By Mark Savage
BBC music reporter
Publishedduration1 day agoimage copyrightJosh Cheuseimage captionAC/DC in 2020 (L-R): Cliff Williams, Phil Rudd, Angus Young, Brian Johnson and Stevie Young
When AC/DC wrapped up their 88-date Rock Or Bust tour in Philadelphia four years ago, the band's future looked bleak.
Singer Brian Johnson had been replaced by Axl Rose for the last 23 shows, after doctors told him to stop touring or "risk immediate hearing loss". Rhythm guitarist Malcolm Young had retired, and was in the final throes of a battle with dementia. Drummer Phil Rudd had spent most of the previous year under house arrest in New Zealand after being charged with "attempting to procure a murder".
So, as he played the final chord of For Those About To Rock (We Salute You) at the Wells Fargo arena, founding member Angus Young assumed AC/DC were finished as a recording, touring rock band.
Perhaps the record company would suggest a compilation record or a box set, he thought, "but I didn't see another album."
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At home in Sarasota, Florida, Johnson was feeling equally despondent as he faced an enforced retirement.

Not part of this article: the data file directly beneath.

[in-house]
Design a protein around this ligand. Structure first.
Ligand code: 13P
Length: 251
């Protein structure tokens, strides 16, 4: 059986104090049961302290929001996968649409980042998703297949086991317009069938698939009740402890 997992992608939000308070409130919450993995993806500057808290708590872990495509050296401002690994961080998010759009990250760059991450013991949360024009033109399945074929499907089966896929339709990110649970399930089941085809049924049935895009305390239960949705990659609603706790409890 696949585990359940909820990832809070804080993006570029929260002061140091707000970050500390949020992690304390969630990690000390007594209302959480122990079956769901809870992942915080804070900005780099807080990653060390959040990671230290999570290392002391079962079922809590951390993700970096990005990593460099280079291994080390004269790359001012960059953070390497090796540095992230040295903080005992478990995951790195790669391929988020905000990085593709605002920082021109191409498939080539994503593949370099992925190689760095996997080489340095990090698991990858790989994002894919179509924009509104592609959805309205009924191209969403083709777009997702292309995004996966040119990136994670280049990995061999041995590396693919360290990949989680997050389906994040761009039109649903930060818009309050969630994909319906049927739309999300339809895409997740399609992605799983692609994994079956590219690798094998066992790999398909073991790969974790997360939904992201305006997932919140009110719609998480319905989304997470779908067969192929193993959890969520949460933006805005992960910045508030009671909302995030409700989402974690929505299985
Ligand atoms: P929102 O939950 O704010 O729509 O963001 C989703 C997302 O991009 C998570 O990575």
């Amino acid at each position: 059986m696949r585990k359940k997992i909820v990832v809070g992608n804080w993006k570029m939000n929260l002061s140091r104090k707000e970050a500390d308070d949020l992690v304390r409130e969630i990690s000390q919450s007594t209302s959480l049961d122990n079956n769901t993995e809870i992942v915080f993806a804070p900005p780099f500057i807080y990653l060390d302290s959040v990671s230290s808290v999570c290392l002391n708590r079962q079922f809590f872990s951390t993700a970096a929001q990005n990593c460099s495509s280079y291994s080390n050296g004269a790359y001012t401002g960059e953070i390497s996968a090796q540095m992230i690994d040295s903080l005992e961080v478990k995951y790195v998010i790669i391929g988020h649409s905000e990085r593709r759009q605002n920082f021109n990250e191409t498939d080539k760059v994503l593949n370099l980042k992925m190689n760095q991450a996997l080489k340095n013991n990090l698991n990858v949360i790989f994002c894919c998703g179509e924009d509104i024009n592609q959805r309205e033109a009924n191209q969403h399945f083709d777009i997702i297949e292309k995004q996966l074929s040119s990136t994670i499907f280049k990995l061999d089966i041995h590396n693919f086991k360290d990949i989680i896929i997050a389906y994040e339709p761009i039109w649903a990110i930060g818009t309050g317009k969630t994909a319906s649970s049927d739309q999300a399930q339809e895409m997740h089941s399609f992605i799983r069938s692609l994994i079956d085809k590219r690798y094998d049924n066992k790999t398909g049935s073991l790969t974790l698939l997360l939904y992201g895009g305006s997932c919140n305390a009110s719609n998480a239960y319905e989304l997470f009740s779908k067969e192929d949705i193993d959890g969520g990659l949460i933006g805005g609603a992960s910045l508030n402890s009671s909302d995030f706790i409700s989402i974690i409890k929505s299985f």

"It was a pretty lonely place to be," he says. "Suddenly, your family of workmates you've been with for 37 years [is] just gone and there's nothing to do.
"I buried my head in a bottle of whisky for a couple of months. It worked quite well."
But over the past four years, Young gradually and painstakingly put the band back together. Even Johnson was able to come back, thanks to some pioneering – and secretive – work to restore his hearing.
The result is AC/DC's 17th album, Power Up – an all-guns-blazing, kick-em-in-the-guts rock juggernaut that neither deviates from nor dilutes the band's time-tested formula.
"This is how we've always played and we don't stray from that," says Young.
"Maybe it's because we were stubborn but it's like, when I want to hear The Stones, I don't need The Stones trying to be a jazz band. We stuck to what we did best. We always found that our strength not our weakness."